by Paul Ginocchio, CFA, DeutscheBank
To help us formulate an outlook for 2007, I recently spoke with senior executives from 14 privately held newspaper companies. These executives own or manage approximately 220 daily newspapers (about 15% of total US dailies) with a combined circulation of nearly 6.8 million (13% of US daily circulation).
This group of executives is looking for average ad revenue growth of 1% to 2% in 2007, versus an expected 0% to 1% in 2006. The executives expect improvements in auto, retail and national, which they believe will more than offset a substantial year-over-year deceleration in real estate, and lukewarm recruitment advertising.
As a comparison, we (Deutsche Bank) are looking for an industry-wide ad revenue decline of 0.5% in 2007 versus flat year-over-year growth in 2006.
The majority of operators we spoke with also believe they will see operating profit growth in 2007 versus a decline 2006. The driving factors in projected operating profit growth (in addition to revenue growth) are falling newsprint (and energy) prices and expected FTE reductions.
All of our respondents believe that newsprint prices will be flat or down in 2007. Among those that think prices will fall, the expected decrease was $50/metric ton, with a range of $25/ton to $100/ton.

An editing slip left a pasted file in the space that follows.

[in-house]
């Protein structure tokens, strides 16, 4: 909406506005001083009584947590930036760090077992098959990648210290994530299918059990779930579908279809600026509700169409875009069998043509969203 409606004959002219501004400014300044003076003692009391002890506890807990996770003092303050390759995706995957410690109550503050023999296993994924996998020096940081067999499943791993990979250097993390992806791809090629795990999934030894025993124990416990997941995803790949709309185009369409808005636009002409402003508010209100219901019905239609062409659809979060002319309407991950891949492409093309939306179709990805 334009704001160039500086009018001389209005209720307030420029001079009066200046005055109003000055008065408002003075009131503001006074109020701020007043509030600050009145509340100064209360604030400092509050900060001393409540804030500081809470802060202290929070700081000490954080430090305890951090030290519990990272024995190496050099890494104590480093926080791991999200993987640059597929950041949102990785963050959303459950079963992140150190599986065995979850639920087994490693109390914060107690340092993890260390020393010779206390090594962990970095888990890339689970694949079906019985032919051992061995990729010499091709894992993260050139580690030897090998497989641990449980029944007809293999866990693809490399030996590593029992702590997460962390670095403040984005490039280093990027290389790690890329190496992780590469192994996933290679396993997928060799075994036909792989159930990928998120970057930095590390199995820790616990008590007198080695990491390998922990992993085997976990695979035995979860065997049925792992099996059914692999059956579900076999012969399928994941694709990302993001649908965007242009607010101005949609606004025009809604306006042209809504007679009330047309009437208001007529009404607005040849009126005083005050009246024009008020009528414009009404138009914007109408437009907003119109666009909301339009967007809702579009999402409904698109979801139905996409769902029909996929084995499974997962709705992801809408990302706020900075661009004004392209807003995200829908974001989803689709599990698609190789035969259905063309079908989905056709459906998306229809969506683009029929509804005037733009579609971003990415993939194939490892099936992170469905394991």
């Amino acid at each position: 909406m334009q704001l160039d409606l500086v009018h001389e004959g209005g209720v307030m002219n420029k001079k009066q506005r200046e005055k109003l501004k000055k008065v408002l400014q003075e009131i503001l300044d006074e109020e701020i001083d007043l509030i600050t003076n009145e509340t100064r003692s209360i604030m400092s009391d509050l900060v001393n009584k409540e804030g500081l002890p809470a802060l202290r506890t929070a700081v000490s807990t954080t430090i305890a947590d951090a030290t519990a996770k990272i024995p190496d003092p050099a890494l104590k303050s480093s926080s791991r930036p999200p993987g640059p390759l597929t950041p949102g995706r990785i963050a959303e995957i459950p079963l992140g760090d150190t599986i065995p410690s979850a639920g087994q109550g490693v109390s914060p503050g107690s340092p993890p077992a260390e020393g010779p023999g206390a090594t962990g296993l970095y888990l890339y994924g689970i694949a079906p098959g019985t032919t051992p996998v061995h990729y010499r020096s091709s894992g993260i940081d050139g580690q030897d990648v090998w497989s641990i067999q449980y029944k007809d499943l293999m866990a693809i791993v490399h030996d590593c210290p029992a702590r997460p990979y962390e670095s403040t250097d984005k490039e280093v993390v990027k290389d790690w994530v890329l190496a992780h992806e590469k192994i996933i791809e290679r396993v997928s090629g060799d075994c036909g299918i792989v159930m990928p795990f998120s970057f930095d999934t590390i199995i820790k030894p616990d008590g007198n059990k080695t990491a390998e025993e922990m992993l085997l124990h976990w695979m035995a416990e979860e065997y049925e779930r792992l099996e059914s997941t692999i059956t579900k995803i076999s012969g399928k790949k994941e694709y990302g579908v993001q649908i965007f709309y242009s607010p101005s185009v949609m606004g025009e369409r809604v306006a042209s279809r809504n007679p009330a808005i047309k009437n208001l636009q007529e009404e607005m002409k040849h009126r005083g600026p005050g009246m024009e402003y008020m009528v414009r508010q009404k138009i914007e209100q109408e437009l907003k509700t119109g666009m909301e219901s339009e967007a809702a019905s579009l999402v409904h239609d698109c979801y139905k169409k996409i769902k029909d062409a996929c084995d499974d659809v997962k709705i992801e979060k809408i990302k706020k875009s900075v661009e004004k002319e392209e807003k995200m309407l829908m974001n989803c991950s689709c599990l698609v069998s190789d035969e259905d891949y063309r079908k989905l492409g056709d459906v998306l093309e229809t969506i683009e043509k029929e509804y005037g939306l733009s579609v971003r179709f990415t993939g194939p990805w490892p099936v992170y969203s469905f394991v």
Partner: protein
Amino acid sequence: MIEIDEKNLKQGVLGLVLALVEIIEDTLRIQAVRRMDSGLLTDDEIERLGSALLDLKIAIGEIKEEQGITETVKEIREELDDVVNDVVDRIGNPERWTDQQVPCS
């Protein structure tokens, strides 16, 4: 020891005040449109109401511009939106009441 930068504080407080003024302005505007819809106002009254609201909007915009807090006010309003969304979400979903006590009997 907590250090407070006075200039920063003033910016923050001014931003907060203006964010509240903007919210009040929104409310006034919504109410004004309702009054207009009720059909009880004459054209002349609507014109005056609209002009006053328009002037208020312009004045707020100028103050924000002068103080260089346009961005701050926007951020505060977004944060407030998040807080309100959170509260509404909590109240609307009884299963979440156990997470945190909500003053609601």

Here is a summary by category of the forecast for revenue trends in 2007.
Retail. Our private company executives expect, on average, for retail (local) ad growth to improve in 2007 relative to 2006. Based on NAA data through three quarters and our 4Q industry-wide estimate, we believe 2006 retail growth will be approximately flat.
None of the respondents thought retail growth would exceed 2.0% in 2007, and most felt it would be close to flat. Deutsche Bank is estimating flat trends.
National. Private company executives in general thought that it would remain erratic in 2007: “rollercoaster,” “your guess is as good as mine,” “big unknown.” Overall though, there appears to be guarded optimism about the category going into 2007. Deutsche Bank is estimating low-single digit declines.
Auto Classified. Most of the executives said they expect auto to be weak in 2007, but better than the significant declines experienced in 2006 and 2005, though a couple of executives were more pessimistic and foresaw tough times again: “Don’t know where the bottom is for auto.”
Several execs said November and 4Q have trended better than the first three quarters, and they expect a similar improving trend (but still negative year-over-year) to continue in 2007. A key unknown is Ford’s dealer consolidation goals, which were announced in August 2006. Deutsche Bank is estimating low-single digit declines.
Recruitment Classified. This category had a strong 2005 (+12%), but a surprisingly weak 2006 (we estimate -6%, after expectations of positive growth at the beginning of the year). There is a lot of uncertainty regarding the vertical due to economic uncertainty and a changing competitive landscape.